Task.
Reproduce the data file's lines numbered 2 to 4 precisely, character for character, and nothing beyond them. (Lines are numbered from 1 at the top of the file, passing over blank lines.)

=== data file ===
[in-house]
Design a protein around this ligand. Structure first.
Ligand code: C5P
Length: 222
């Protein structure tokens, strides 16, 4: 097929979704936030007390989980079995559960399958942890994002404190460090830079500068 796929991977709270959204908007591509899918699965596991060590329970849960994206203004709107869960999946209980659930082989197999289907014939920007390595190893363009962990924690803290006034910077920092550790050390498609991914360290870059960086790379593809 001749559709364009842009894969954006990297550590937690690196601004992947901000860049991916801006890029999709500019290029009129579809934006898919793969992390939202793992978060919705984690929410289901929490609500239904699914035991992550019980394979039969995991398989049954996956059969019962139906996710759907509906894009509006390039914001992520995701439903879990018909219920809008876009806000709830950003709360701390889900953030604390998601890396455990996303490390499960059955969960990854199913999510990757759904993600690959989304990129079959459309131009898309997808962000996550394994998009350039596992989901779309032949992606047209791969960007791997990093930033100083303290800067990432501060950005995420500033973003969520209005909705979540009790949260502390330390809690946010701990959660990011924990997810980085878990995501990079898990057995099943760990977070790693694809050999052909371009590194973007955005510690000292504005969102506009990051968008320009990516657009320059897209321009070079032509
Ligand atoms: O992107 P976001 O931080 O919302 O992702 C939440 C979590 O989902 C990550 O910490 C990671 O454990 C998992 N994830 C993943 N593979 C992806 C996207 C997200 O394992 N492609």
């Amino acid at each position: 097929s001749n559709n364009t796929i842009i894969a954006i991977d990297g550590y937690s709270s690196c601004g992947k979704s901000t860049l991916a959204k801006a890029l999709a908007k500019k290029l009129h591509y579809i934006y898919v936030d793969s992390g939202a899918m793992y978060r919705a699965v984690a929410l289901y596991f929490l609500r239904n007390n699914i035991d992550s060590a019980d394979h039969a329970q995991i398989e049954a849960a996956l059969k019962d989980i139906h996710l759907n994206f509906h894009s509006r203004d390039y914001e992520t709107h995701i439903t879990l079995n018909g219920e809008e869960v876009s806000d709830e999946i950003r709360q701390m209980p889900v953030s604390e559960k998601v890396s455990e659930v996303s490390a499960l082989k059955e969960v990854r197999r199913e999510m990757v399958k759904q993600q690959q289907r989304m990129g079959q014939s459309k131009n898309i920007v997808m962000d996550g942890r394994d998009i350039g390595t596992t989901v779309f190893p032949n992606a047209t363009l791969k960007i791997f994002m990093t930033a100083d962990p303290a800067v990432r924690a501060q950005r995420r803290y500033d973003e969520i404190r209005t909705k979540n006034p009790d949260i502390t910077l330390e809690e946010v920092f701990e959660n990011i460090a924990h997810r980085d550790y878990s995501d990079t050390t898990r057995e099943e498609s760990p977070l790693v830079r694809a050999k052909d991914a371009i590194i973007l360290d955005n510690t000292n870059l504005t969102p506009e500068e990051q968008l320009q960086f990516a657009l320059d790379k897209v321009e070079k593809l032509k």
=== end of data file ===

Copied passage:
Design a protein around this ligand. Structure first.
Ligand code: C5P
Length: 222